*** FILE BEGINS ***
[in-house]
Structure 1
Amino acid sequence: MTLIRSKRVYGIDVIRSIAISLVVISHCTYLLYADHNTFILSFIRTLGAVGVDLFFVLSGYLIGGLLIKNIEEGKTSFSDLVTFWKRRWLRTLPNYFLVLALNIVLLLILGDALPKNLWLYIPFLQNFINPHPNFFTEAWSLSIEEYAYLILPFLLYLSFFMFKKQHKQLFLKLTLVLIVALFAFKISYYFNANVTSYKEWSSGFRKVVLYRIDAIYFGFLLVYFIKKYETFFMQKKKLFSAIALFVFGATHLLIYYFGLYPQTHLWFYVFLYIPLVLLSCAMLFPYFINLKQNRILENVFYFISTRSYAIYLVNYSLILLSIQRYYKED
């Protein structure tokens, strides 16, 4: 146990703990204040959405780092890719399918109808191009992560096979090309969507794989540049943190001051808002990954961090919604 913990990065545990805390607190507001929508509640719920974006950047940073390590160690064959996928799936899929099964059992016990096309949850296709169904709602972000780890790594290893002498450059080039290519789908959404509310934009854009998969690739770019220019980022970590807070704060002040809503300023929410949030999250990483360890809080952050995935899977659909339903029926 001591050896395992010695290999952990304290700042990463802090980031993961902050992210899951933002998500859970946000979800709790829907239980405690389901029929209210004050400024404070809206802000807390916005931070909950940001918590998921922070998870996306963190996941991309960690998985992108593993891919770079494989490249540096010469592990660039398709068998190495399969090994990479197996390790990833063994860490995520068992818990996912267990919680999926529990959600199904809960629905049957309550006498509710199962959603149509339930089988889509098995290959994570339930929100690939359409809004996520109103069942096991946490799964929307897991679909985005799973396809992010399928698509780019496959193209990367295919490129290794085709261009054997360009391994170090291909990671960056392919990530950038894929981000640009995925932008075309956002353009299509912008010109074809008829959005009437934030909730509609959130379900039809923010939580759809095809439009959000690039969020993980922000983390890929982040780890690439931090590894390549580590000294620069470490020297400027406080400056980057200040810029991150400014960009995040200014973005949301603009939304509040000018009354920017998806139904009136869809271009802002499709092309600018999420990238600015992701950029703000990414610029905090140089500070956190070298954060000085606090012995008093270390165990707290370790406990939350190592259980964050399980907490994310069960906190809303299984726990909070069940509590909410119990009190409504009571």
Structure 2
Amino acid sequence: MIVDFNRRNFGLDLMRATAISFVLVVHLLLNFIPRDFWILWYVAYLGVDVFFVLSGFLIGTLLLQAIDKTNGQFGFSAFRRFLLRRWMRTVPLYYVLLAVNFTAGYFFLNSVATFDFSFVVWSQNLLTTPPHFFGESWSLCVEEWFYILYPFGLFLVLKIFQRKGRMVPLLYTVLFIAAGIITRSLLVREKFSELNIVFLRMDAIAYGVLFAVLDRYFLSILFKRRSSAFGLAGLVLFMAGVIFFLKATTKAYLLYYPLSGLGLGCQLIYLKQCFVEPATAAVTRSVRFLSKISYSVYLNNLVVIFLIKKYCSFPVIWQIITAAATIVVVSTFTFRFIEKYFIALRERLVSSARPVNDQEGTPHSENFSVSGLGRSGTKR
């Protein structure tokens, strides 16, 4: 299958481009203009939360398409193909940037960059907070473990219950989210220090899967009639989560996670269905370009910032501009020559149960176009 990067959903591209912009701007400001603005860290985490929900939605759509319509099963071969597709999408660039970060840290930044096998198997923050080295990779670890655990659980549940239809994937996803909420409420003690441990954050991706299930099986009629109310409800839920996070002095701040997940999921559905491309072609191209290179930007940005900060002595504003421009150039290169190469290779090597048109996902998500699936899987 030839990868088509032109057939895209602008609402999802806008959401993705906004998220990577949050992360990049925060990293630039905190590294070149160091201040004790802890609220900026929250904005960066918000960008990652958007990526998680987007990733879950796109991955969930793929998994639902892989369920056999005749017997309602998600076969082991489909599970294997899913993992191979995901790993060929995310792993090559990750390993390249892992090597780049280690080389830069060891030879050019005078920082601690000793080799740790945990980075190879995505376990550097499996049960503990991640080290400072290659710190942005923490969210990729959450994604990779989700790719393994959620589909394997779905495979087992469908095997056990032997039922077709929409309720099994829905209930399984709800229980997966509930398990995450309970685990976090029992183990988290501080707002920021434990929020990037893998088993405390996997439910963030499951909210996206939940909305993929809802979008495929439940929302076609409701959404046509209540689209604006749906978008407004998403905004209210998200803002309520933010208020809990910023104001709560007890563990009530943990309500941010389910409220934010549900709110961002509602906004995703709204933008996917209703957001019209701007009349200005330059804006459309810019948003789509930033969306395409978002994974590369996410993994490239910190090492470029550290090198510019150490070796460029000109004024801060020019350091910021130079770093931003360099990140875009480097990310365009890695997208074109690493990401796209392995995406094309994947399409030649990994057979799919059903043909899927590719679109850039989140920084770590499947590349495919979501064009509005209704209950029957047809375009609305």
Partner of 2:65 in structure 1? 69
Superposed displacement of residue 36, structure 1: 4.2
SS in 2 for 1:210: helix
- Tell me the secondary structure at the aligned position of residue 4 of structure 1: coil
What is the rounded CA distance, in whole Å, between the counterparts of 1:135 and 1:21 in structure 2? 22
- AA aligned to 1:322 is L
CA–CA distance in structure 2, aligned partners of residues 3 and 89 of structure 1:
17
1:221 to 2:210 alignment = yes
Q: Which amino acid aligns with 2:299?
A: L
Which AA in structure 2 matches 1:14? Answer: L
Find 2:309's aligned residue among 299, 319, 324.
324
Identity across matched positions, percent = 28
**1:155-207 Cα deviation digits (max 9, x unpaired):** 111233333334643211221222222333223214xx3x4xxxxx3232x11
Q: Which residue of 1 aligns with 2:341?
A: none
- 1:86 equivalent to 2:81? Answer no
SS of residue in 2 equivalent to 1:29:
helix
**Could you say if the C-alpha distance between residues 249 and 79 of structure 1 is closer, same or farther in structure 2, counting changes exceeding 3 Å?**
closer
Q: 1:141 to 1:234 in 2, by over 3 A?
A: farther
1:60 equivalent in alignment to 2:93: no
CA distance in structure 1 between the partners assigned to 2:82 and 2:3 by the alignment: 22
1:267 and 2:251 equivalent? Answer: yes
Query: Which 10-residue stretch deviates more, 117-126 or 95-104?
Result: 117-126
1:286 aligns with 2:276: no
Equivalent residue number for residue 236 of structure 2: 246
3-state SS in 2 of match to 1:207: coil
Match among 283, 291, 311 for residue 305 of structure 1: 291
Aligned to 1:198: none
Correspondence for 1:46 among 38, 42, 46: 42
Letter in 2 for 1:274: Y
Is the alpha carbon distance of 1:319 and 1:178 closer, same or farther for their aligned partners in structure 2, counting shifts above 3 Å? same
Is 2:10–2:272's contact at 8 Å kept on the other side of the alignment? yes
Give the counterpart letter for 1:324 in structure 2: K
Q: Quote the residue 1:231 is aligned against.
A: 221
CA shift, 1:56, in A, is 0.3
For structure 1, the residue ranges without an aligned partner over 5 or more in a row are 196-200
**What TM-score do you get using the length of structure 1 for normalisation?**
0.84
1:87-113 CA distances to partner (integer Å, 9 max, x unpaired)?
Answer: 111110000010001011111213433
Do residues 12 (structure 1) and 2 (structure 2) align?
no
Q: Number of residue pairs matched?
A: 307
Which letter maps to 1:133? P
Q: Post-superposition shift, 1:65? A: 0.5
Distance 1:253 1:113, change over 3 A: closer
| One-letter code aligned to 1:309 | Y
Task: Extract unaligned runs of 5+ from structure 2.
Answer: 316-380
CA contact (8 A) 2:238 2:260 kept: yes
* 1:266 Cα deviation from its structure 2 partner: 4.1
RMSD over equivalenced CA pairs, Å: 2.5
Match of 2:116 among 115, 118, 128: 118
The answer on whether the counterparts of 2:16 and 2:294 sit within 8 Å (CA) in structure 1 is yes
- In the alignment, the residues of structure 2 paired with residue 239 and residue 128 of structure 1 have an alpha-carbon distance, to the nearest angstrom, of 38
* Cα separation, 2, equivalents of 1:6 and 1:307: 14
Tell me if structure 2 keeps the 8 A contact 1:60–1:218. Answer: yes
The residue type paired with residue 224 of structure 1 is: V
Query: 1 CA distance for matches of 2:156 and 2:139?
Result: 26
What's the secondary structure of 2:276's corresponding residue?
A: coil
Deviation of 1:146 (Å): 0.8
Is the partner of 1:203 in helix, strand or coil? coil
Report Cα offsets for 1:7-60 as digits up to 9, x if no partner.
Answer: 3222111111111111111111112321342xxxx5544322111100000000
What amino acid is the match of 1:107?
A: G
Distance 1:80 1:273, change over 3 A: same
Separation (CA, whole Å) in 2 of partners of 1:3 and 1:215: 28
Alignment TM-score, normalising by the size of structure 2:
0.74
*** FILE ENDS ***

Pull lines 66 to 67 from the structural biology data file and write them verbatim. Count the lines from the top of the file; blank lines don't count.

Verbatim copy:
CA contact (8 A) 2:238 2:260 kept: yes
* 1:266 Cα deviation from its structure 2 partner: 4.1